Legends of Oz: Dorothy’s Return Deserves a Chance

by Carrie Specht

Two weeks ago the new animated film Legends of Oz: Dorothy’s Return opened and immediately met with audience trepidation and hostile reviews that resulted in a very low cumulative rating on Rotten Tomatoes (currently standing at just 15%). I believe these reactions are unjust and the film deserves a second consideration. Yes, by taking on such a revered story the filmmakers set themselves up for this kind of knee-jerk reaction, but if you listen to the naysayers you’ll be denying yourself the opportunity of seeing a truly charming film as entertaining as it is appropriate for the whole family. How many other films can you say that about this holiday weekend?

14I get the reason for the initial gut response. I too was hesitant to accept any telling of a story involving Dorothy that didn’t have Judy Garland and the rest of the 1939 elements involved. In fact, I would have thought it ill advised to even think of taking on such a venture. After all, The Wizard of Oz is one of the most acclaimed and cherished films ever made. Most people (although not everyone) has seen the beloved musical either on television, in a revival house or on DVD, and that Technicolor presentation (with a little bit of black and white) is the way generations have and will always think of Oz. Period. So, why even try to make something new? For the simple reason that it’s not the only Oz story out there to have captured the imagination of a generation of young readers. I know it might shock you, but there are actually a whole bunch of books by L. Frank Baum, let alone by his great-grandson, Roger S. Baum who picked up the storytelling mantle and created the book on which Legends is based. 

45_headerI had the opportunity of seeing Legends of Oz: Dorothy’s Return last November during the American Film Market in Santa Monica, California. Although I admit I was less than open-minded about the idea of yet another film attempting to depict an Oz based story, I was pleasantly surprised if not overwhelmed with the quality of the overall production value. From the animation to the star-studded cast Oz is a solidly made film worthy of high praise it has yet to receive. No, the animation is not “Disney”. But neither was Toy Story. Anything that isn’t what we’re use to takes a little adjusting to. However, I found myself accepting the style very quickly as the engaging story progressed and drew me in. Besides Dorothy (Lea Michele) and the expected trio of the Scarecrow, Tin Man and Cowardly Lion (voiced by Dan Aykroyd, Jim Belushi and Kelsey Grammer respectively) there are a delightful group of new characters such as the soldier Marshal Mallow (Hugh Dancy), an owl named Wiser (Oliver Platt), the China Princess (Megan Hilty) and the fearsome foe of The Jester (Martin Short).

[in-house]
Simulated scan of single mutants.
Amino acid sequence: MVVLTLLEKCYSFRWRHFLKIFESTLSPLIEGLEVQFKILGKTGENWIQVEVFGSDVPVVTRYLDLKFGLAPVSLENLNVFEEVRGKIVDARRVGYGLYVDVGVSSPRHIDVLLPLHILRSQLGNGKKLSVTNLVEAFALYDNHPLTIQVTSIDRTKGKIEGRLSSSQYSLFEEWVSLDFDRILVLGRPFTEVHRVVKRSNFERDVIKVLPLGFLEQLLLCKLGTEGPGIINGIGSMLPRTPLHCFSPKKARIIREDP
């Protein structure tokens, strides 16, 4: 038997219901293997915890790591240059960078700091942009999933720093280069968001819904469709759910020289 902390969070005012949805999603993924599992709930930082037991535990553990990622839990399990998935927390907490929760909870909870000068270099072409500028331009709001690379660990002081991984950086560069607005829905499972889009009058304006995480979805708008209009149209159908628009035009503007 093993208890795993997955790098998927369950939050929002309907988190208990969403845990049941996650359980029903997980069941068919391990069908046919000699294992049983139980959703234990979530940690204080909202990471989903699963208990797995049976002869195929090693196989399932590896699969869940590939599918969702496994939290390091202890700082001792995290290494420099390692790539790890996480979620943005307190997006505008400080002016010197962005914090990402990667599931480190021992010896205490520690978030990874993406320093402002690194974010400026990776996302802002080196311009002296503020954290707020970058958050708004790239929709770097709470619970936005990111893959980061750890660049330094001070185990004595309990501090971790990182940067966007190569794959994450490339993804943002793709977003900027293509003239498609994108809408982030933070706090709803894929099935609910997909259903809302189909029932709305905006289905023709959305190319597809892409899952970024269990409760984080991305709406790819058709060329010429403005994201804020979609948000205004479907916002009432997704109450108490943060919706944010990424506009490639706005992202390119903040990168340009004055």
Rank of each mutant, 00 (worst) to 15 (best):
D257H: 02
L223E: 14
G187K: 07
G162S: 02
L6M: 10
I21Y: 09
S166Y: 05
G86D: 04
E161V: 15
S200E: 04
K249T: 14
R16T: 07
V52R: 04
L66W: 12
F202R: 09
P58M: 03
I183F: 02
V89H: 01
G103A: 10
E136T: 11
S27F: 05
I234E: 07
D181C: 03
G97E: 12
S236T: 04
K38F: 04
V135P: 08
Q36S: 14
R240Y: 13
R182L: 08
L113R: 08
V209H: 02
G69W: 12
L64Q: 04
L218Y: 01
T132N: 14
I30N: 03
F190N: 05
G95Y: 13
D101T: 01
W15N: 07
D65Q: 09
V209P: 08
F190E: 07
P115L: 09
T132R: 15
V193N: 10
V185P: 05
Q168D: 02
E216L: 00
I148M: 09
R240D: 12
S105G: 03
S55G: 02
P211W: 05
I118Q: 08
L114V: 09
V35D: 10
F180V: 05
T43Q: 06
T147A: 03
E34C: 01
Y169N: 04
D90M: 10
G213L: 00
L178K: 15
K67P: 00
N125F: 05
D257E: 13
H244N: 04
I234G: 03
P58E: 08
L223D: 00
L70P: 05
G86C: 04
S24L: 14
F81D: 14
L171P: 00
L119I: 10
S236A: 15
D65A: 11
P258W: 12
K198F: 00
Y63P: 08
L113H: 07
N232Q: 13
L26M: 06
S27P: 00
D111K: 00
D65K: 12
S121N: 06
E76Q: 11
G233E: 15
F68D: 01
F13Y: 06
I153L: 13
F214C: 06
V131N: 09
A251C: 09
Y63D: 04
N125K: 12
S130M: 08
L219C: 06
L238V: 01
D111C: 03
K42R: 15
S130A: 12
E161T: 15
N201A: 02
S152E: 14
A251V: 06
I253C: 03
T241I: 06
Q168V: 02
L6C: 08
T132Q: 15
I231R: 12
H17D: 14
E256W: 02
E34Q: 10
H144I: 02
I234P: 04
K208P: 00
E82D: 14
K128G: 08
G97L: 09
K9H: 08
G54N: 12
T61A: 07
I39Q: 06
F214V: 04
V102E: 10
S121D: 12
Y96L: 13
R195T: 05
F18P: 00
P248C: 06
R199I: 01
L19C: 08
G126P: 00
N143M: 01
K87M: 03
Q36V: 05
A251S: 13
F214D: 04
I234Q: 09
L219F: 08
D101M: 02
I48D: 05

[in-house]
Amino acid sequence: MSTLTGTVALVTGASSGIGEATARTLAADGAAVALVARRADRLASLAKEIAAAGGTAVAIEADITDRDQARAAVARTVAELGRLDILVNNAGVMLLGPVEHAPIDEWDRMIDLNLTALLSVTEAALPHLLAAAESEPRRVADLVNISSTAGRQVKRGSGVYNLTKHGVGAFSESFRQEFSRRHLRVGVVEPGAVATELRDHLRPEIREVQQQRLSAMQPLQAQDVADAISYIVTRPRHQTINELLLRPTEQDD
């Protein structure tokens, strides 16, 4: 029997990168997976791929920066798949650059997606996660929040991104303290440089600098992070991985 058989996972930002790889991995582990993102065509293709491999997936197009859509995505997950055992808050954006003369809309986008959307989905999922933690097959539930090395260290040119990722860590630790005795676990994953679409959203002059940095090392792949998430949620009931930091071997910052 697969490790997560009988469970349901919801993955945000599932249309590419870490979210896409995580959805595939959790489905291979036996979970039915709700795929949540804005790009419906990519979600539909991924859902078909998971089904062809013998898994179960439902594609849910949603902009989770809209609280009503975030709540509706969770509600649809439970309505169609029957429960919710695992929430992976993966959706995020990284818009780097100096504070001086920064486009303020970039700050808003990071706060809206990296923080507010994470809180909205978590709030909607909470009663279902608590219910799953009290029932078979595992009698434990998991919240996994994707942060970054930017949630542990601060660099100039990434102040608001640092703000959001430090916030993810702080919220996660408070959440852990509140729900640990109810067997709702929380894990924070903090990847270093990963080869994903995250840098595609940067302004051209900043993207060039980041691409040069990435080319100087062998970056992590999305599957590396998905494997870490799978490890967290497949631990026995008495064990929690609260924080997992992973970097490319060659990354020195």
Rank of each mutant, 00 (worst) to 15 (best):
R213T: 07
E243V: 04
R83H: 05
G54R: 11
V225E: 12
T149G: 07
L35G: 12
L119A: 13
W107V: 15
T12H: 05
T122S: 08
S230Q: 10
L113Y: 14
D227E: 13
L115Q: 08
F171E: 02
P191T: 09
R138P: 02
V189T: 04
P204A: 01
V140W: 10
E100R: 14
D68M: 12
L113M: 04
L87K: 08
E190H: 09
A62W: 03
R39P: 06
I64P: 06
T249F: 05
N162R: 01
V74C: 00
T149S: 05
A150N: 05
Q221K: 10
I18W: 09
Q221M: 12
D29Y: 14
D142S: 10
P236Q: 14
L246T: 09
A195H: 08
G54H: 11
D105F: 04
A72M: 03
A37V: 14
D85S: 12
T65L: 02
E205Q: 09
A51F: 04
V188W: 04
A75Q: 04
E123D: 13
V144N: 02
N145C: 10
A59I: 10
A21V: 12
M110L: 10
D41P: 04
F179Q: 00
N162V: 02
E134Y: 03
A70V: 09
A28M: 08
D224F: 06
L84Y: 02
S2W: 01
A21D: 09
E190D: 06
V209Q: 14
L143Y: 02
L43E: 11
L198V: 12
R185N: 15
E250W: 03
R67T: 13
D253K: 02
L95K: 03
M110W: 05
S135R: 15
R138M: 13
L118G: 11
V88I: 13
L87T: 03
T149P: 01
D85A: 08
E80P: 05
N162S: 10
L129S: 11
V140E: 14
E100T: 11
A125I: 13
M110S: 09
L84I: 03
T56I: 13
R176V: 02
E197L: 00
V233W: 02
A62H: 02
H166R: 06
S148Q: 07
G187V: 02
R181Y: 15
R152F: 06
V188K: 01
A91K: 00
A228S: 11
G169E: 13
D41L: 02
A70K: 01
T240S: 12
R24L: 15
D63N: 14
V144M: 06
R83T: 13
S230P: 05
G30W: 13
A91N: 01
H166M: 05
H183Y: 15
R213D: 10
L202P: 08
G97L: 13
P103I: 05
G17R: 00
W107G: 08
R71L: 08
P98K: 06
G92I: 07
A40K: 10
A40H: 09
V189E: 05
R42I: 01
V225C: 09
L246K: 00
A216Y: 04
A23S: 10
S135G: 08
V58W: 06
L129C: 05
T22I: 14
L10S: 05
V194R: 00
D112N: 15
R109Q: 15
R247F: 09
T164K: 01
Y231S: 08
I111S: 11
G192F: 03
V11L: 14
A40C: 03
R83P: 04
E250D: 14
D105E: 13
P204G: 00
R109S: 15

legends-of-oz-dorothys-return-movie-wallpaper-34Honestly, all in all, Legends of Oz: Dorothy’s Return is a film that earns every cent of your admission dollar. Whether it’s animation you’re looking for, or action, or adventure, or fantasy, or a love story (trust me, it works) or even a 3D presentation there’s plenty of appeal for every generation of the family. And on a long weekend at the precipice of summer with the whole family chomping at the bits for something to do together what more could you ask for? I say see it. Given half a chance, Legends of Oz: Dorothy’s Return will not disappoint even the most ardent of Oz admirers.